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Linking products to places in Africa

April 30th, 2021
topics: Economic Opportunity
by: Frank Odenthal
located in: Nigeria, South Africa, Ethiopia, Zimbabwe, France
tags: Africa, colonialism, Geographic Indications, intellectual property rights

Around the world, people associate certain foods and products with particular geographical locations. They typically come with certain characteristics like flavour and odor and include the traditional knowledge systems that are used to make them. Darjeeling tea, Gruyere cheese, or champagne - these are well established products where Geographical Indications of their origin pays off for their producers, because consumers are willing to pay a premium for them. The economic gains are immense.

However, many African countries are struggling to protect their valuable unique products. With the exceptions of South Africa‘s Rooibos tea and Ethiopian coffee, there are only few examples of successfully implemented Geographical Indications of African products.

FairPlanet asked Dr. Samuel Andrews, an expert in intellectual property rights, what it‘s all about.

FairPlanet: would you have an estimate of the value of intellectual property rights in Africa?

Samuel Andrews: Unfortunately, we don‘t have accurate data on property rights in Africa. But I would say what Africa is missing out on is a lot. Europe is getting a lot more, but that‘s partly because they‘re poaching in Africa, and that tells a lot. There are a lot of assets in Africa, and if they do the right thing and protect them by appropriate property rights, that would be a big issue for African economies.

How were these Geographical Indications property rights developed?

Geographical Indications in fact is an old construct. The first system formally started with the so-called Lisbon Law. It‘s basically a central system. If you want your Geographical Indication for example for your food ressources, your cheese or your chocolate, to be protected, there was this first - you could call it the grandfather of property rights - the Lisbon Law. 

But when we talk about property organisations, people thought that this law wasn‘t easy enough. They wanted a kind of a central system where more people come and register their products easily, not in a complicated system. There are still other systems in place in certain parts of the world, but the Lisbon system is now the domínant one.

You can‘t enforce private rights or public rights without the backing of state orders

Can only governments protect the country‘s products? Or is it accessible for anybody who wants to protect their items?

I‘m afraid for Geographical Indications on your products you need your government to work on it, to provide it. The United Nations jurisprudence would not allow for individuals to come and protect their products on their own. If they would allow that, in terms of politics and reality, it‘s gonna be really impractical. It is based on treaties which only states can sign. You need to enforce it, but you can‘t enforce private rights or public rights without the backing of state orders. And that‘s the reason why African states are not really good at Geographical Indications. They are not really getting into it.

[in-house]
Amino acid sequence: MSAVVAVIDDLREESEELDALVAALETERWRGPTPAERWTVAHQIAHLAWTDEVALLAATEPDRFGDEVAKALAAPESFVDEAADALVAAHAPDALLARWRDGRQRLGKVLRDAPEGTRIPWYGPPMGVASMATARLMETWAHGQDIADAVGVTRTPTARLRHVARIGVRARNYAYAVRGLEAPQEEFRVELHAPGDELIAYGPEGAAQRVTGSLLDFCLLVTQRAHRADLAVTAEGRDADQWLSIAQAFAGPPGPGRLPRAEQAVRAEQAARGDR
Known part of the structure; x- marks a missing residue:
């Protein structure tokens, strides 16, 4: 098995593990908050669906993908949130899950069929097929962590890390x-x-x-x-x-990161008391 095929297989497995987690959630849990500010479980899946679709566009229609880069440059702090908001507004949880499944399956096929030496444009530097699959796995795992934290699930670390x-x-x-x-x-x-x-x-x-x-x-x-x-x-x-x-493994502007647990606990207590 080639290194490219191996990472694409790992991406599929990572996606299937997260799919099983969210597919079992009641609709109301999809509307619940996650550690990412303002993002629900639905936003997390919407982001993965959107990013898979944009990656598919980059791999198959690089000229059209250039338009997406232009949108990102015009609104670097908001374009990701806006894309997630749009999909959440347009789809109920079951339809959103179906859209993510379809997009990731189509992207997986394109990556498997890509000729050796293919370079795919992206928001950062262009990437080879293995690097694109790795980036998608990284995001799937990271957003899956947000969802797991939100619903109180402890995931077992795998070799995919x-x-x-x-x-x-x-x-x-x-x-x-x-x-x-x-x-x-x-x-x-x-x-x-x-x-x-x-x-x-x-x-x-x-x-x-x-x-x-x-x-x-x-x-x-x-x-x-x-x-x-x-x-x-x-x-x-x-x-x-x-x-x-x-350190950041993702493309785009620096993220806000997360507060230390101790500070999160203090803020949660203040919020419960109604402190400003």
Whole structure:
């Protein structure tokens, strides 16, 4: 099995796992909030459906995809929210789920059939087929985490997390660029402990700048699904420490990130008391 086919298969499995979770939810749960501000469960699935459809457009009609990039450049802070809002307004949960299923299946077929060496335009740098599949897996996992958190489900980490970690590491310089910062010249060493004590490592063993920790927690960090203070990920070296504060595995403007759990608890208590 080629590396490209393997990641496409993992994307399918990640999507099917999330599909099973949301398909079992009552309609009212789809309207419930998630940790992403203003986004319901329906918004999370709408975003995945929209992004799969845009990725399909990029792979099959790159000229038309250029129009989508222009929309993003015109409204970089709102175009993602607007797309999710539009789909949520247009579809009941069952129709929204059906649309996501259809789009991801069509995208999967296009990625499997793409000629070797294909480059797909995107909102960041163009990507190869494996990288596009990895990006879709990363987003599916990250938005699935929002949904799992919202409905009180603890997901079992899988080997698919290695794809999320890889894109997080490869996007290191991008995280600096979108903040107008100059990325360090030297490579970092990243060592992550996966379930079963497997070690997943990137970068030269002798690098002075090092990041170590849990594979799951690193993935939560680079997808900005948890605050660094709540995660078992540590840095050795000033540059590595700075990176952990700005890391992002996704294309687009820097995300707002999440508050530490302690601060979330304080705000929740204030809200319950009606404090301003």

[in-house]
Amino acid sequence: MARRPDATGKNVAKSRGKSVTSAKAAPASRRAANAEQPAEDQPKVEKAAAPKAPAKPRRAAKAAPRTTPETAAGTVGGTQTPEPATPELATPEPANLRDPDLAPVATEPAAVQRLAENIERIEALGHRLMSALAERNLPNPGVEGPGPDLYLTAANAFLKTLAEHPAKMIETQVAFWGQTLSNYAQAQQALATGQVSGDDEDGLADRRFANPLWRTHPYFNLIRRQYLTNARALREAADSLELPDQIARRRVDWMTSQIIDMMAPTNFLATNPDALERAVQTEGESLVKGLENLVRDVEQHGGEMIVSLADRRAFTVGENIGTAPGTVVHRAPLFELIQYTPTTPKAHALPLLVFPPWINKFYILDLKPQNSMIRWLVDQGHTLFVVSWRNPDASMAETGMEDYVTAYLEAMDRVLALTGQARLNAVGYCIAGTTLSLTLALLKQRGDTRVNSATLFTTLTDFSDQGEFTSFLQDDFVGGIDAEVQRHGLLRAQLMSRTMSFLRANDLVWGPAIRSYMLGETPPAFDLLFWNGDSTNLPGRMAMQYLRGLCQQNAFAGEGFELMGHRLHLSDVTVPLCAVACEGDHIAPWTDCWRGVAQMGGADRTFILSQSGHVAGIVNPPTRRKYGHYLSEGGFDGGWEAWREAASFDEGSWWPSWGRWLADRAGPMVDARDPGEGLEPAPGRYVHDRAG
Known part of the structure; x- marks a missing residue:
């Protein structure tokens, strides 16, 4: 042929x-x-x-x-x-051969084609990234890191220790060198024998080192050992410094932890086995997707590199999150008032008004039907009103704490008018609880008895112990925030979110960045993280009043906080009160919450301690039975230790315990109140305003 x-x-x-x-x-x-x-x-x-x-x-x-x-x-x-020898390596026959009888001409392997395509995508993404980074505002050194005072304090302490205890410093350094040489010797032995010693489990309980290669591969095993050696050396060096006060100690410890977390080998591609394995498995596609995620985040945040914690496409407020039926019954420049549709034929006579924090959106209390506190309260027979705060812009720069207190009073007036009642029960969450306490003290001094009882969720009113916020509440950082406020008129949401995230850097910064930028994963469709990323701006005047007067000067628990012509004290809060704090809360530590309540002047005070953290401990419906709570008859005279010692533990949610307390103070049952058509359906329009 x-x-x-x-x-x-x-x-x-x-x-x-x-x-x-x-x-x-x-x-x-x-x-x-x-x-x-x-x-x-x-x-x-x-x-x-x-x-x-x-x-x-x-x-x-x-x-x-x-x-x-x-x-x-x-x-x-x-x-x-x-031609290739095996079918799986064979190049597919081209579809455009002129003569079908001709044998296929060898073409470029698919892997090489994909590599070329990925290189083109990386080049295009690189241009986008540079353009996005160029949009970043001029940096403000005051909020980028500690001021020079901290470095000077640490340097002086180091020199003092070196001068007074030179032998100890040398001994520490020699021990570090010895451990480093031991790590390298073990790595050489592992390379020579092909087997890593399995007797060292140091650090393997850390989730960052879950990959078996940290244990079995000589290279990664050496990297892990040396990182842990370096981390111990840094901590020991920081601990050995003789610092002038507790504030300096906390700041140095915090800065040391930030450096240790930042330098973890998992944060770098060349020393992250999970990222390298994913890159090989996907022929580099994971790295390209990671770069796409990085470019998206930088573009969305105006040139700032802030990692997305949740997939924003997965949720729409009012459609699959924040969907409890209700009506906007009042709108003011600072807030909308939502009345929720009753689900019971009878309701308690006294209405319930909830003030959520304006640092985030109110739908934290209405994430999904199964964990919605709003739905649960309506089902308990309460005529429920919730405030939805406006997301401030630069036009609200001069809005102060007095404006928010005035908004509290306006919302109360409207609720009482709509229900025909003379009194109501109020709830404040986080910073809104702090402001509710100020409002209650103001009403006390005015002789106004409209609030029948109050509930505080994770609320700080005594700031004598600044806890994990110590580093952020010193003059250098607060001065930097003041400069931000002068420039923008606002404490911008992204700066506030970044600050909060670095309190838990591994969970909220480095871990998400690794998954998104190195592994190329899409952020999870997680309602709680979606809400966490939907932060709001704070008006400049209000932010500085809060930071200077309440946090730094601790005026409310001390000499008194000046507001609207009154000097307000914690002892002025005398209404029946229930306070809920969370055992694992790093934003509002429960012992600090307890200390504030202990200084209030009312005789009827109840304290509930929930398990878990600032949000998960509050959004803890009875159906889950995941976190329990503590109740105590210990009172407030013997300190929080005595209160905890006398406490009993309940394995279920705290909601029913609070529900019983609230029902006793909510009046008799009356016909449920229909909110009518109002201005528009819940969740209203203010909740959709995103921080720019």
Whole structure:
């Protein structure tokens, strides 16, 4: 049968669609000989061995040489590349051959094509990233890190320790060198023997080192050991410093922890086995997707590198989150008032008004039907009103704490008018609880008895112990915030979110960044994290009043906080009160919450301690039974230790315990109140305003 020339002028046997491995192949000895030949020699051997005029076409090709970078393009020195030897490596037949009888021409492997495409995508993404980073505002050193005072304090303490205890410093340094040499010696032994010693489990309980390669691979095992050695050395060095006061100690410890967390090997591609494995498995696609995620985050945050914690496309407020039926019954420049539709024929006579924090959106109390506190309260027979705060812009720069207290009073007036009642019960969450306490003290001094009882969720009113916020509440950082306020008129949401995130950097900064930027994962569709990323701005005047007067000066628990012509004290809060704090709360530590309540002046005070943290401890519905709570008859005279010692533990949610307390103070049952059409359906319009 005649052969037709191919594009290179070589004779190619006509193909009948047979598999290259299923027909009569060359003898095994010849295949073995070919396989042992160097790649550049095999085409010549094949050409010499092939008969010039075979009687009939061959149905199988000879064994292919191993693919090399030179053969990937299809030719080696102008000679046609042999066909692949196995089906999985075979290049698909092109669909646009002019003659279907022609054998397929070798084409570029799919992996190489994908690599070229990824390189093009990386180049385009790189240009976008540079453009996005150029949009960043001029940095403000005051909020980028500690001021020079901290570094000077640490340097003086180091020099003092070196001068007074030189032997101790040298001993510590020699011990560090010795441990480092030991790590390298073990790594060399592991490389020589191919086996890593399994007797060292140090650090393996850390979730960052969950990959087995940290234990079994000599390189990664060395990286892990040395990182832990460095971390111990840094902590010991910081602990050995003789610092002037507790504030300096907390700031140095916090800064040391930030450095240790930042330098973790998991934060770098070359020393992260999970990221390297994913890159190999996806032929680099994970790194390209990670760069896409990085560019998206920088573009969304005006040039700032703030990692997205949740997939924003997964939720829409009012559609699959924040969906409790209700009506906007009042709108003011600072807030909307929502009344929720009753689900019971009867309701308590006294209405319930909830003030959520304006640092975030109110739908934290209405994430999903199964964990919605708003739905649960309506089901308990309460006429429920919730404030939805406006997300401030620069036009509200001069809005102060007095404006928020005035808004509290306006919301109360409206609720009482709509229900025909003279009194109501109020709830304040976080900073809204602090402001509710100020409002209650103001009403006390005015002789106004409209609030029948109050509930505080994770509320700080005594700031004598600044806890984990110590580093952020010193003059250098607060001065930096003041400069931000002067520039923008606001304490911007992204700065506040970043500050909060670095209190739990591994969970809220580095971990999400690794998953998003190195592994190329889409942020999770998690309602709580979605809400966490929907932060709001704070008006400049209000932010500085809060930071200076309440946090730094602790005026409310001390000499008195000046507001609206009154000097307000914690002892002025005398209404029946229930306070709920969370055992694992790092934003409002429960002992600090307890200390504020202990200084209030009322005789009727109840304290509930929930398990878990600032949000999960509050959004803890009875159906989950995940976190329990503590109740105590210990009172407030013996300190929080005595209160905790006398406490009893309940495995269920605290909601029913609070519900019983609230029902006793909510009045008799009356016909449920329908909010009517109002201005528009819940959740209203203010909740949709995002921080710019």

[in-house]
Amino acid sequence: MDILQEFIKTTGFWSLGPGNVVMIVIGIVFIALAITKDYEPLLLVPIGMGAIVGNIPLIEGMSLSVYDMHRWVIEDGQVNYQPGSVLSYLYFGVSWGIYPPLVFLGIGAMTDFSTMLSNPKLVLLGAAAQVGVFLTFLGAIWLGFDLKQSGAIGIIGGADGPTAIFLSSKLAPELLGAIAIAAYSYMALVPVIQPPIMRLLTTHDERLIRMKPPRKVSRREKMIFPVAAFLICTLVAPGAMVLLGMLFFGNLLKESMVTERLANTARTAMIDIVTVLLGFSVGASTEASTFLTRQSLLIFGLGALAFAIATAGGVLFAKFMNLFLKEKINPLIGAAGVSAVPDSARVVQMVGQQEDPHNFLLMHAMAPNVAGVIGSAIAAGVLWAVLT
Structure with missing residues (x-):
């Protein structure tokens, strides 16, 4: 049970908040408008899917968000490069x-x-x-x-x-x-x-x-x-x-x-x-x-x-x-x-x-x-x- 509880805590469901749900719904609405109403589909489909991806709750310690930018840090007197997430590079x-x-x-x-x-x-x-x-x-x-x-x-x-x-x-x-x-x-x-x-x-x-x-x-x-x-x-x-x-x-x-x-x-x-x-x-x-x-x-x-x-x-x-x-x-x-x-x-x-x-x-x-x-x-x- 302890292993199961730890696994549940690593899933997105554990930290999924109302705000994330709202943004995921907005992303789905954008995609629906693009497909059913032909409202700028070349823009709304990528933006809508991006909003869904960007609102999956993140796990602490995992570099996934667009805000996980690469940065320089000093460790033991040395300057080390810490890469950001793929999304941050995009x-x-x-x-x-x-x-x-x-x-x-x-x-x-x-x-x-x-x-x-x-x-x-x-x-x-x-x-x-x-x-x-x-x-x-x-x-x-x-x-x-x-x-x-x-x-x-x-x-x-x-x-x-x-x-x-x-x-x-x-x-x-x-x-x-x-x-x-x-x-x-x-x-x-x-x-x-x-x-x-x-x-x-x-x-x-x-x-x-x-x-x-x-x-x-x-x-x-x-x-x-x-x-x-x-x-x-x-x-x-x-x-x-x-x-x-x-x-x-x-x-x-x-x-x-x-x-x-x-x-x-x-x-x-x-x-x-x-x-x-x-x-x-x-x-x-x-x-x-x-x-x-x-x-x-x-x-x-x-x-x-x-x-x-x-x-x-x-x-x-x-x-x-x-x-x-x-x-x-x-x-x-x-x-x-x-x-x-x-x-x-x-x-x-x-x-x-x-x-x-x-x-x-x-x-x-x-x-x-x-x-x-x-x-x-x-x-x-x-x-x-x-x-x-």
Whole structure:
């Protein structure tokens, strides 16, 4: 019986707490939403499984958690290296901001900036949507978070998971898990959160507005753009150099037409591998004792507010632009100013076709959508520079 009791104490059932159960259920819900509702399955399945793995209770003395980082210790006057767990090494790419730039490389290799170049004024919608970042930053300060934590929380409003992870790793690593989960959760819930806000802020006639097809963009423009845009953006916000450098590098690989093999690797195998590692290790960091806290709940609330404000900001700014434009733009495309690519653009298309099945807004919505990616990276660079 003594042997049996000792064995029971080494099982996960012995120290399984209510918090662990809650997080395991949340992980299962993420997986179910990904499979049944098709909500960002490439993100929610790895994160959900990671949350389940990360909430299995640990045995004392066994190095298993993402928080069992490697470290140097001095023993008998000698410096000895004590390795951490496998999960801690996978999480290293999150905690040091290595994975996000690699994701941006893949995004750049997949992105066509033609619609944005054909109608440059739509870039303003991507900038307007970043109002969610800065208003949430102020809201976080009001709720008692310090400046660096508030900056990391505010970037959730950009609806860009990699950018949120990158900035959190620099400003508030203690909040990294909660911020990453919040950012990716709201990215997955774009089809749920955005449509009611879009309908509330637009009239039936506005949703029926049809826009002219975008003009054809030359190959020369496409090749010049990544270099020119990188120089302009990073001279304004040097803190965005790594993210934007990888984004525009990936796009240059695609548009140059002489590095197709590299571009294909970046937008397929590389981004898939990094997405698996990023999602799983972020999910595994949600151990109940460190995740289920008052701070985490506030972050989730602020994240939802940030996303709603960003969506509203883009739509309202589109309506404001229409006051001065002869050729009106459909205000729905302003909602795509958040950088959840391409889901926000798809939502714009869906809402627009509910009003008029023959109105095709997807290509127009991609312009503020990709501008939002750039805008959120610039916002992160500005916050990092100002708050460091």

For example, Nigeria is the biggest economy in Africa right now, there‘s such a big market, but there‘s no law, no effective protection of property rights whatsoever. There are moves now to recognise these treaties. But Nigeria is not there yet. Some countries are partly there, like Ethiopia, but others are not. 

You know, there are a lot of Geographical Indication issues affecting climate change. Because if we really want to promote a good environment and a good world, we should leverage the traditional method of producing food, and at the same time recognise how to protect it. So African governments should really come in and join these efforts to protect the traditional ways of production. 

Our forefathers were conscious of our environment while producing food, and we should protect and save their knowledge. If governments come in, it will therefore boost our efforts to fight climate change, it will also boost our economies and cross-border trade.

Why are there only so few countries joining these efforts to protect their property rights and signing on to those treaties?

It‘s certainly not a lack of knowledge. We have really decent universities all over Africa and so many very smart people coming out of it. I do see two reasons for African countries not joining the treaties yet. The first reason is political: Africans are still scared of the dregs of colonialism. You have to be careful what you sign, you know, you don‘t want to sign your life away. All these documents, and people are reluctant to sign, because they‘re afraid. 

Africa needs to look upwards to people like me, well-educated people working in the diaspora all over the world. We‘re expats in this field. Our African political leader should reach out to us, as experts in this field we might be able to give advice, but instead they wait and sit at home and look at these documents. They should reach out to us, we could tell them to negotiate this clause, or do other things. Because we‘ve got the experience, we could give good advice. They‘re scared to sign, but they don‘t want to reach out - and I don‘t know why. In most of the African countries you‘ve got extractive economies. They believe in oil, because oil brings quick money. They believe in gold and all these resources that lead us to wars and conflicts. But they don‘t see that growing food in a good soil can bring you big money, too. That‘s one part of it.